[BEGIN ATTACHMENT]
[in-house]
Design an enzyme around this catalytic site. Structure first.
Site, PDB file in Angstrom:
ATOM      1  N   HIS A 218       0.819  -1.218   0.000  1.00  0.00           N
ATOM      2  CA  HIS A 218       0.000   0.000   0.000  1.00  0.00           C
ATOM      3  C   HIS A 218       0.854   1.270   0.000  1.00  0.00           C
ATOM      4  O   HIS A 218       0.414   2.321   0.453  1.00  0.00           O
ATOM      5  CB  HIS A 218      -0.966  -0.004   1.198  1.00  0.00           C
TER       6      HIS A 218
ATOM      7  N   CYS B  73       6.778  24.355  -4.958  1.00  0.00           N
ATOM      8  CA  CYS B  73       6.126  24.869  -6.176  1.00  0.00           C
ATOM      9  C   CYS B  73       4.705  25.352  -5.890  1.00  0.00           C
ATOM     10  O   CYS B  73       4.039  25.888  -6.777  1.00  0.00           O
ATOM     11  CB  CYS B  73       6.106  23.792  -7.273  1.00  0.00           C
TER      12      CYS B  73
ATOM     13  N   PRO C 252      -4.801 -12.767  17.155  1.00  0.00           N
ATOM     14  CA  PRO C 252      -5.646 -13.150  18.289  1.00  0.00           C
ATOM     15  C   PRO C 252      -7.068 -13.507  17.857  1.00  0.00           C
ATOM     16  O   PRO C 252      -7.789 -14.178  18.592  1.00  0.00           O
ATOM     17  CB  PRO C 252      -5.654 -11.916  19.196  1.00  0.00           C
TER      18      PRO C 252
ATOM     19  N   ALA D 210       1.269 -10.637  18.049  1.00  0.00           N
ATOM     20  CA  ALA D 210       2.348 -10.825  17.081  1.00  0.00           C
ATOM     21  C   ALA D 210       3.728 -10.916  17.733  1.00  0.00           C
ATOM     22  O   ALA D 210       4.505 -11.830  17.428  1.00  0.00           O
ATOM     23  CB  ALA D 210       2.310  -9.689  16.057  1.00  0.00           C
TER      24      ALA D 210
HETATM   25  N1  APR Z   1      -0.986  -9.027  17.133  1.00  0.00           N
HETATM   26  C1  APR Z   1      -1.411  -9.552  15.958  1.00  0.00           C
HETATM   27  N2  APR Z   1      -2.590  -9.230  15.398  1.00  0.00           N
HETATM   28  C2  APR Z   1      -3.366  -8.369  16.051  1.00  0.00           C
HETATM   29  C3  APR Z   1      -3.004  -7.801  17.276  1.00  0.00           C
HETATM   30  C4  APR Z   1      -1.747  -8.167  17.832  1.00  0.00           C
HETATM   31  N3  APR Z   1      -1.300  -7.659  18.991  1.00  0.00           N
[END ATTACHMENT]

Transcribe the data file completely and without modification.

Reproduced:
[in-house]
Design an enzyme around this catalytic site. Structure first.
Site, PDB file in Angstrom:
ATOM      1  N   HIS A 218       0.819  -1.218   0.000  1.00  0.00           N
ATOM      2  CA  HIS A 218       0.000   0.000   0.000  1.00  0.00           C
ATOM      3  C   HIS A 218       0.854   1.270   0.000  1.00  0.00           C
ATOM      4  O   HIS A 218       0.414   2.321   0.453  1.00  0.00           O
ATOM      5  CB  HIS A 218      -0.966  -0.004   1.198  1.00  0.00           C
TER       6      HIS A 218
ATOM      7  N   CYS B  73       6.778  24.355  -4.958  1.00  0.00           N
ATOM      8  CA  CYS B  73       6.126  24.869  -6.176  1.00  0.00           C
ATOM      9  C   CYS B  73       4.705  25.352  -5.890  1.00  0.00           C
ATOM     10  O   CYS B  73       4.039  25.888  -6.777  1.00  0.00           O
ATOM     11  CB  CYS B  73       6.106  23.792  -7.273  1.00  0.00           C
TER      12      CYS B  73
ATOM     13  N   PRO C 252      -4.801 -12.767  17.155  1.00  0.00           N
ATOM     14  CA  PRO C 252      -5.646 -13.150  18.289  1.00  0.00           C
ATOM     15  C   PRO C 252      -7.068 -13.507  17.857  1.00  0.00           C
ATOM     16  O   PRO C 252      -7.789 -14.178  18.592  1.00  0.00           O
ATOM     17  CB  PRO C 252      -5.654 -11.916  19.196  1.00  0.00           C
TER      18      PRO C 252
ATOM     19  N   ALA D 210       1.269 -10.637  18.049  1.00  0.00           N
ATOM     20  CA  ALA D 210       2.348 -10.825  17.081  1.00  0.00           C
ATOM     21  C   ALA D 210       3.728 -10.916  17.733  1.00  0.00           C
ATOM     22  O   ALA D 210       4.505 -11.830  17.428  1.00  0.00           O
ATOM     23  CB  ALA D 210       2.310  -9.689  16.057  1.00  0.00           C
TER      24      ALA D 210
HETATM   25  N1  APR Z   1      -0.986  -9.027  17.133  1.00  0.00           N
HETATM   26  C1  APR Z   1      -1.411  -9.552  15.958  1.00  0.00           C
HETATM   27  N2  APR Z   1      -2.590  -9.230  15.398  1.00  0.00           N
HETATM   28  C2  APR Z   1      -3.366  -8.369  16.051  1.00  0.00           C
HETATM   29  C3  APR Z   1      -3.004  -7.801  17.276  1.00  0.00           C
HETATM   30  C4  APR Z   1      -1.747  -8.167  17.832  1.00  0.00           C
HETATM   31  N3  APR Z   1      -1.300  -7.659  18.991  1.00  0.00           N